The newspaper reports of Transport Minister K.N. Nehru’s speech in the Assembly on Tuesday make it clear that the DMK regime is preparing to expand its war on Chennai’s walking classes. If what the Minister says is true, the bulk of the funds planned for so called traffic management — a staggering Rs. 880 million in 16 years — will end up in flyovers and other car-friendly infrastructure. In effect, there is more impending hostility for the walking classes, the aged, the infirm and the disabled, who are already marginalised in this “Detroit of India.”
As the accompanying slideshow images reveal, neither the DMK nor its financial benefactors in the Ministry of Urban Development led by Minister Jaipal Reddy have picked the low-hanging fruit so far, when it comes to relieving Chennai’s congestion in genuine, people-friendly ways. Mr. Reddy only has to try to cover 100 metres on the arterial Anna Salai, to understand the difficulty that people face. They don’t have walking spaces, pedestrian subways equipped with escalators, and genuine low-floor buses (the semi low floor seems to be a peculiar and fraudulent Indian coinage that means nothing). So where has all the Ministry’s money been spent in Chennai? Will Mr. Reddy tell us?
Our award-winning Chennai Corporation brass led by Mr. Rajesh Lakhoni, the Commissioner, have yet to announce the results of their survey of obstructions on Chennai’s streets, in the form of electrical junction boxes, pillars, Metrowater installations and other assorted blockades by wooden-headed government departments. It will take a long time to fix the problem. If Mr. Nehru and his superiors in the DMK ministry are keen, (and they should be considering the geriatric profile of the DMK today), the priority should be to remove these blocks and smoothen out the footpaths (importantly, also creating new ones where necessary). Perhaps there small jobs are not so attractive to contractors, who are looking only for multi-billion rupee six-lane freeways hoisted on to monstrous beams that will inevitably populate the Chennai landscape.
It is surely a revelation of the lack of genuine intent on the part of the DMK, that there is a costly pedestrian overpass outside Shastri Bhawan in Nungambakkam that is stripped of its roof, and lying in disuse. After all, who would put up a big board announcing that Murasoli Maran funded such a decrepit and useless structure?
To its credit, the Times of India has today highlighted the foot-dragging by the DMK Government in forming a legally-empowered Unified Metropolitan Transport Authority for Chennai. The UMTA that we have now is a toothless wonder confined practically to the rest rooms of Minister Nehru, and Chief Secretary K. S. Sripathy (who are the only office-bearers identified). Moreover, we are left wondering how the Minister and the Regulator can be the same person! For a party that forever prides itself on running efficient public transport, and with some legitimacy to that claim in the early days, this is an appalling level of decay in the DMK.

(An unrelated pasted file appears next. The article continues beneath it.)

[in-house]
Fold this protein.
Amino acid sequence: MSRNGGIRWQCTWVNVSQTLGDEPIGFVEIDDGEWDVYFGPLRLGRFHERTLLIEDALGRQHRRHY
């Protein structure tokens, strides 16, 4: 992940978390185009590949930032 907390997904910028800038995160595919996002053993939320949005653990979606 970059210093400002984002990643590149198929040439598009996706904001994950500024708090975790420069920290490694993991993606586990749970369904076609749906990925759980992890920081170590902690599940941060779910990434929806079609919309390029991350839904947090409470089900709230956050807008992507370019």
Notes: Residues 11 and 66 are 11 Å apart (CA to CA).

Back to the question of the media’s coverage of these matters, The Hindu reports today that the Minister also announced the plan to run ‘mini-buses’ connecting interior areas with bus termini in Chennai in three months. As we are all aware, this is not a brilliant idea from Mr. Nehru or his masters. Anyone who thinks so has forgotten the M series buses that operated in areas such as Choolaimedu, Mambalam and so on, before the AIADMK and later the DMK regime decided to enable the city’s party-backed autorickshaw drivers to carve a hole in the middle-class purse and withdrew them. In economic terms, both the Dravidian Kazhagams are responsible for fuelling transport inflation phenomenally.
Hopefully, the media will follow the story and report whether the mini-bus idea is meant to relieve the trauma of those who are faced with the usurious demands of autorickshaw drivers in India’s leading city with a lawless class of transport operator. True, there was a time when autorickshaw drivers were badly off, and perhaps many of them still are. The welfare board for drivers was formed to address this more than a decade ago, and if the DMK cannot make that work, they have only themselves to blame. Sadly, it is not economics, but the lack of regulation that is making it easier to loot in Chennai.
The commuter has every right to expect that the mini-buses cover all interior parts of the city. They should be of modern design, comfortable, and above all, affordable. This is another moment for Mr. Nehru and Mr. Sripathy to recognise that the system of ticketing in Chennai has to change. They are expected under the UMTA mandate to do that, and are bound by the assurances that the Tamil Nadu government has been giving to Mr. Jaipal Reddy’s MoUD, about revamping the way Chennai’s transport will run in the future. It is only on these assurances that they have been given funds under the JNNURM, to buy the new series of LED-board buses.
Just get down to work, Mr. Nehru, and don’t take commuters for granted. They will react during the elections of 2011, if you and your department fail to act. We want to see the results NOW. Publish the Detailed Project Report of the MTC on its website, as required under the Right to Information Act. Equally, the MoUD should publish the DPRs of all the agencies funded by the tax-payer. We have the right to know.